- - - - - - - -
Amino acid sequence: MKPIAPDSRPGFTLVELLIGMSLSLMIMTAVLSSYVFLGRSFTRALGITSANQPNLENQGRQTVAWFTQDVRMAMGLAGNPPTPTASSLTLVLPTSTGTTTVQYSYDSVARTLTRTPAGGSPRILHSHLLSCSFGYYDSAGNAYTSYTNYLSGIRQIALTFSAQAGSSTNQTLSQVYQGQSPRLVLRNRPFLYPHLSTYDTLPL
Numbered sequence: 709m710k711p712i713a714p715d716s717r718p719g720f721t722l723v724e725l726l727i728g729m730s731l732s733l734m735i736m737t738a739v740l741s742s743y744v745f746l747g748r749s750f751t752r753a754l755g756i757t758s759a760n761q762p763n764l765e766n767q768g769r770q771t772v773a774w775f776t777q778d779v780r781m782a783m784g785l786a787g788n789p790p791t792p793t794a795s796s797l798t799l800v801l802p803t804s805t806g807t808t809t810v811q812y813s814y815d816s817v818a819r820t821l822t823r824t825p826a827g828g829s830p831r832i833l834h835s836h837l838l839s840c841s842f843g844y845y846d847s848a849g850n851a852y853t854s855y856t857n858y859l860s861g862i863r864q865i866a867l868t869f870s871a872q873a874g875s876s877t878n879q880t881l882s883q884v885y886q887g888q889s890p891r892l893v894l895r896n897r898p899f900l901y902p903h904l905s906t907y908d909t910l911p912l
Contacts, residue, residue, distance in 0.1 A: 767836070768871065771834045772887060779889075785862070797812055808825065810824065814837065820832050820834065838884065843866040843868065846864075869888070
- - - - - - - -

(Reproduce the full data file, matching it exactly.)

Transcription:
Amino acid sequence: MKPIAPDSRPGFTLVELLIGMSLSLMIMTAVLSSYVFLGRSFTRALGITSANQPNLENQGRQTVAWFTQDVRMAMGLAGNPPTPTASSLTLVLPTSTGTTTVQYSYDSVARTLTRTPAGGSPRILHSHLLSCSFGYYDSAGNAYTSYTNYLSGIRQIALTFSAQAGSSTNQTLSQVYQGQSPRLVLRNRPFLYPHLSTYDTLPL
Numbered sequence: 709m710k711p712i713a714p715d716s717r718p719g720f721t722l723v724e725l726l727i728g729m730s731l732s733l734m735i736m737t738a739v740l741s742s743y744v745f746l747g748r749s750f751t752r753a754l755g756i757t758s759a760n761q762p763n764l765e766n767q768g769r770q771t772v773a774w775f776t777q778d779v780r781m782a783m784g785l786a787g788n789p790p791t792p793t794a795s796s797l798t799l800v801l802p803t804s805t806g807t808t809t810v811q812y813s814y815d816s817v818a819r820t821l822t823r824t825p826a827g828g829s830p831r832i833l834h835s836h837l838l839s840c841s842f843g844y845y846d847s848a849g850n851a852y853t854s855y856t857n858y859l860s861g862i863r864q865i866a867l868t869f870s871a872q873a874g875s876s877t878n879q880t881l882s883q884v885y886q887g888q889s890p891r892l893v894l895r896n897r898p899f900l901y902p903h904l905s906t907y908d909t910l911p912l
Contacts, residue, residue, distance in 0.1 A: 767836070768871065771834045772887060779889075785862070797812055808825065810824065814837065820832050820834065838884065843866040843868065846864075869888070